Max Scherzer makes that a tough objective. While with Arizona last season, Scherzer enjoyed one of his crispest games against the Rangers, an 8-2 victory on June 23 in which he threw strikes with 82 of his 119 pitches.

Tigers: Boesch to take injured Guillen's job

Left fielder Carlos Guillen strained his left hamstring rounding third base Thursday night and was placed on the 15-day disabled list. The slugger, who is batting .311 in 61 at-bats this season, was replaced on the 25-man roster by Brennan Boesch, who is expected to make his Major League debut on Friday. Boesch was leading the International League with 15 RBIs, and was batting .352 with three home runs. ... The Detroit bullpen has a scoreless streak of 15 2/3 innings entering the series against the Rangers. ... Magglio Ordonez scored two runs during Thursday night's game to reach 1,000 for his career.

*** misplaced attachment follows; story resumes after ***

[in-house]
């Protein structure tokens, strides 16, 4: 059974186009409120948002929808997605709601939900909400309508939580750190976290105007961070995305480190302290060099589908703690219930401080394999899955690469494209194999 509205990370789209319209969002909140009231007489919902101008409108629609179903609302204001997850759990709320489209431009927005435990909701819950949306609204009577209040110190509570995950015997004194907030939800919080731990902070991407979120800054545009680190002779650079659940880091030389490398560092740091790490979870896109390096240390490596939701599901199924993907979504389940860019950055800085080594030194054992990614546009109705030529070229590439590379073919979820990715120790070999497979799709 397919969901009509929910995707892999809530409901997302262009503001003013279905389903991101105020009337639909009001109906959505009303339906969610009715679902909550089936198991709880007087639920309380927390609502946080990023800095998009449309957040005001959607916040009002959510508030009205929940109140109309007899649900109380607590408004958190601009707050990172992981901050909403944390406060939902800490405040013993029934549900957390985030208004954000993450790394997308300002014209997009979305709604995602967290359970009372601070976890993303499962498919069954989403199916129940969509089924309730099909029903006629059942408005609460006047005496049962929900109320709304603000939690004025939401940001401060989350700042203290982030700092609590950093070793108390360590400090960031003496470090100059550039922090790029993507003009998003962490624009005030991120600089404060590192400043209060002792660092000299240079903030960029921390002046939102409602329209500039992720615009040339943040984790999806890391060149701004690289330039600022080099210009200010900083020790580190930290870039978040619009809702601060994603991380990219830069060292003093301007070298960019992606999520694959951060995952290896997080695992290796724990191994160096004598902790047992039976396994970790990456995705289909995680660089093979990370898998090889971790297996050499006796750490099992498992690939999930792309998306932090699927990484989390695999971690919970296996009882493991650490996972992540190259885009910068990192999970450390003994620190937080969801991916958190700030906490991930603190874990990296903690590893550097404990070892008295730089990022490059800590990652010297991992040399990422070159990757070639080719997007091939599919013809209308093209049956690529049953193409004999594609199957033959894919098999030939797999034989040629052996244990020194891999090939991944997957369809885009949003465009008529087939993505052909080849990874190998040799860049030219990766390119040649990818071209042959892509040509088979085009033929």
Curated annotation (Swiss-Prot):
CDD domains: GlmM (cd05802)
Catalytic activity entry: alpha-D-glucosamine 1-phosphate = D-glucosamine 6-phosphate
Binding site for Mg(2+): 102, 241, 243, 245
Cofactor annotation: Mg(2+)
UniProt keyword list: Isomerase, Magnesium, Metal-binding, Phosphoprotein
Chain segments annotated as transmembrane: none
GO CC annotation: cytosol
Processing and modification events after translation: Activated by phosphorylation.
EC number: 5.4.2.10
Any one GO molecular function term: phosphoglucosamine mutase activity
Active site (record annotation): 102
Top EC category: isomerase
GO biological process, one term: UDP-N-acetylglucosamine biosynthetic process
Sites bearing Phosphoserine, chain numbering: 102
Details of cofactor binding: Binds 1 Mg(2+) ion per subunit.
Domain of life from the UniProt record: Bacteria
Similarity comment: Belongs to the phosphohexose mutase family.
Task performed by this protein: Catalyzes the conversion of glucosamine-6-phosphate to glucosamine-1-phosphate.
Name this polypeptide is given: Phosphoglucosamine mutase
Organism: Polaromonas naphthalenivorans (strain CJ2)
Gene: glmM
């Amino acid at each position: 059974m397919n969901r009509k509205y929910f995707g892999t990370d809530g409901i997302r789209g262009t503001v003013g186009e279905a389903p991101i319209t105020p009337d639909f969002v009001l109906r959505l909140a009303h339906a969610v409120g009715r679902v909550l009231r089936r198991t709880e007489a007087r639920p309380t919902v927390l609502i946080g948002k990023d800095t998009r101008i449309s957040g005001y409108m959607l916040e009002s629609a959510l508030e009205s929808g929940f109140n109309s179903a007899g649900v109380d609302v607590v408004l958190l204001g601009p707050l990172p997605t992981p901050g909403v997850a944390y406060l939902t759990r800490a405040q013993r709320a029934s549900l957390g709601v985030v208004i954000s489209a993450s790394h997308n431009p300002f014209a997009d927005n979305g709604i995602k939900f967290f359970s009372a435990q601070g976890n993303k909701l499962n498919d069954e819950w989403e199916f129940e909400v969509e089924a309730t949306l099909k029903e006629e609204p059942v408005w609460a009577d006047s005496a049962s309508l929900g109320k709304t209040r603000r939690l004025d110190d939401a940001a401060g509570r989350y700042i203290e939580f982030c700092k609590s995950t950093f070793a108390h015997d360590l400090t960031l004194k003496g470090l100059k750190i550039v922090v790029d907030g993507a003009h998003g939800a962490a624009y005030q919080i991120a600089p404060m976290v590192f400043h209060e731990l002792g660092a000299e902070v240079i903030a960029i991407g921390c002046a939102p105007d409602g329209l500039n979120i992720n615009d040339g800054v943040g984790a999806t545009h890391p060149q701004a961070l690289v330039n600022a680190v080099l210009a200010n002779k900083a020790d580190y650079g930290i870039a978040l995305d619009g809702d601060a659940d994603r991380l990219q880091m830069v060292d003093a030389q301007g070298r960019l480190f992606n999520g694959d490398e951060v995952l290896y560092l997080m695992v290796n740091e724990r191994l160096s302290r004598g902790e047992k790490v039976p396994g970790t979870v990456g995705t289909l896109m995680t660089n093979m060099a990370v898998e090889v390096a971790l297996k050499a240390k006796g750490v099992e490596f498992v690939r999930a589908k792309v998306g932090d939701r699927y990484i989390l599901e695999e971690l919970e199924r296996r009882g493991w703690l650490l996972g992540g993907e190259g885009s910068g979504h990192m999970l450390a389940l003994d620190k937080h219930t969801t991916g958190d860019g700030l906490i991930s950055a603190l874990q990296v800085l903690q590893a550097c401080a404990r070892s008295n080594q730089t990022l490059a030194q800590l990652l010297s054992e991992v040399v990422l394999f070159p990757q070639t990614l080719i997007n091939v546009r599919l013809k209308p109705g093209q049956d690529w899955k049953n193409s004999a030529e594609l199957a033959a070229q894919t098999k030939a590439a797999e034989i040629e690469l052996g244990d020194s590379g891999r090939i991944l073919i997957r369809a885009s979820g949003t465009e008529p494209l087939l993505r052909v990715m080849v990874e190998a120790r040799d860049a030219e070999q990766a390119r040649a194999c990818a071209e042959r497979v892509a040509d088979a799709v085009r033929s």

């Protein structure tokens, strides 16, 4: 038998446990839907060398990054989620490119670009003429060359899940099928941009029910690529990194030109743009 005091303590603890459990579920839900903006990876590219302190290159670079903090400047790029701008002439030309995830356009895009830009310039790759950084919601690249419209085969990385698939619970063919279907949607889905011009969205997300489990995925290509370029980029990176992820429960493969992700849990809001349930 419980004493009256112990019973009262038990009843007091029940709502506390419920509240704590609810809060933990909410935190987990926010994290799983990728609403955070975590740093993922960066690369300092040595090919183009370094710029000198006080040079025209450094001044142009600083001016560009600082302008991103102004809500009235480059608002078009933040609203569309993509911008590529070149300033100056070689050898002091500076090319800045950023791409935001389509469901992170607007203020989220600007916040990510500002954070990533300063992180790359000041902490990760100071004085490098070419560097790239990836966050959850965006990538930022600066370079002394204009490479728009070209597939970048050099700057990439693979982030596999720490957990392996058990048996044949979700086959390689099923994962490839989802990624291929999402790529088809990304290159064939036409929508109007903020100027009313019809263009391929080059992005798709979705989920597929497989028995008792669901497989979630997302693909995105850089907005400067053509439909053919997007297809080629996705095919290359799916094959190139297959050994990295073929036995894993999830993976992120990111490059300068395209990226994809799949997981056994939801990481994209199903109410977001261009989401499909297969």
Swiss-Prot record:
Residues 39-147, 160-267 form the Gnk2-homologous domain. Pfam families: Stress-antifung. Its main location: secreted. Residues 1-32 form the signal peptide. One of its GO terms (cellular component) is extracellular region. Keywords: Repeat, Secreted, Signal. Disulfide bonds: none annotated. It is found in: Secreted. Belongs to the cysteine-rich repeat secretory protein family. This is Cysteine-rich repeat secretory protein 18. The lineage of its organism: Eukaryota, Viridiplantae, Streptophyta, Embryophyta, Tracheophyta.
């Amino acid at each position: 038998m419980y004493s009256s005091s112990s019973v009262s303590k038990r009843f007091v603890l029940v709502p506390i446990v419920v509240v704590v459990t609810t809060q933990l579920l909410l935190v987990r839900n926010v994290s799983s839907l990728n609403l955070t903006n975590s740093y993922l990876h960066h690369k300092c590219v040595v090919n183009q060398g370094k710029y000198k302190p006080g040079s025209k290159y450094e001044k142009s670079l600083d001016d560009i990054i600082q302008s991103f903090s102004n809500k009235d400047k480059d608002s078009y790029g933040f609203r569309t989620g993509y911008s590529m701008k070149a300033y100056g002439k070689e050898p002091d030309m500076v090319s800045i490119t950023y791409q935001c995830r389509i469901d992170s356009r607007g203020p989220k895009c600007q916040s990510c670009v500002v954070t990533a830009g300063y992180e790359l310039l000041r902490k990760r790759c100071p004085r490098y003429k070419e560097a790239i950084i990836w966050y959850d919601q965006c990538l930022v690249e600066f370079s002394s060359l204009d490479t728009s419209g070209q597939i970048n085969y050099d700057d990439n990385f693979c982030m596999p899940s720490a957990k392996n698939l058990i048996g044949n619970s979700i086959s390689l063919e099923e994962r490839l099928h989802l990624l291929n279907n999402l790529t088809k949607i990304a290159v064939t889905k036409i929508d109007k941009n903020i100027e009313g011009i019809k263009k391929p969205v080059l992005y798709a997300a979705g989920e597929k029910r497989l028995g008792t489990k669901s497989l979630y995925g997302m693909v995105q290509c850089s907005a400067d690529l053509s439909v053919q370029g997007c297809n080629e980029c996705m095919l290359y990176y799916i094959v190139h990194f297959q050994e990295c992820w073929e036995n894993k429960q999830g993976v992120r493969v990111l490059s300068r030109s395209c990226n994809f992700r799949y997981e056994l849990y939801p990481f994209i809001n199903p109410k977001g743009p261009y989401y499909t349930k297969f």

Rangers: Cruz finds success at DH

The only concession Nelson Cruz made Thursday to the troublesome right hamstring that had forced him out of the two prior games was to DH rather than play the outfield. He went 2-for-3, including the seventh-inning single that snapped a scoreless tie. ... C.J. Wilson was the first visiting left-hander to start a shutout in Fenway Park since Oakland's Brett Anderson went all the way on a two-hitter last July 6.

Worth noting

The Rangers are kicking off their Elvis Weekend with Friday's Elvis look-a-like contest. One of the judges? Elvis Andrus, of course. ... The Rangers did not have an extended spring game on Thursday, so Ian Kinsler (sprained right ankle) took batting practice and fielded a few grounders. The plan is for him to be used at designated hitter and lead off every inning in a game on Friday. ... Tigers reliever Zach Miner threw a successful side session Tuesday in Florida and is scheduled to throw again off the mound Friday. Miner, who began the season on the 15-day disabled list with right elbow tendinitis, threw about 29 pitches over the course of an eight-minute session Tuesday at the team's Spring Training complex in Lakeland, Fla.

This story was not subject to the approval of Major League Baseball or its clubs.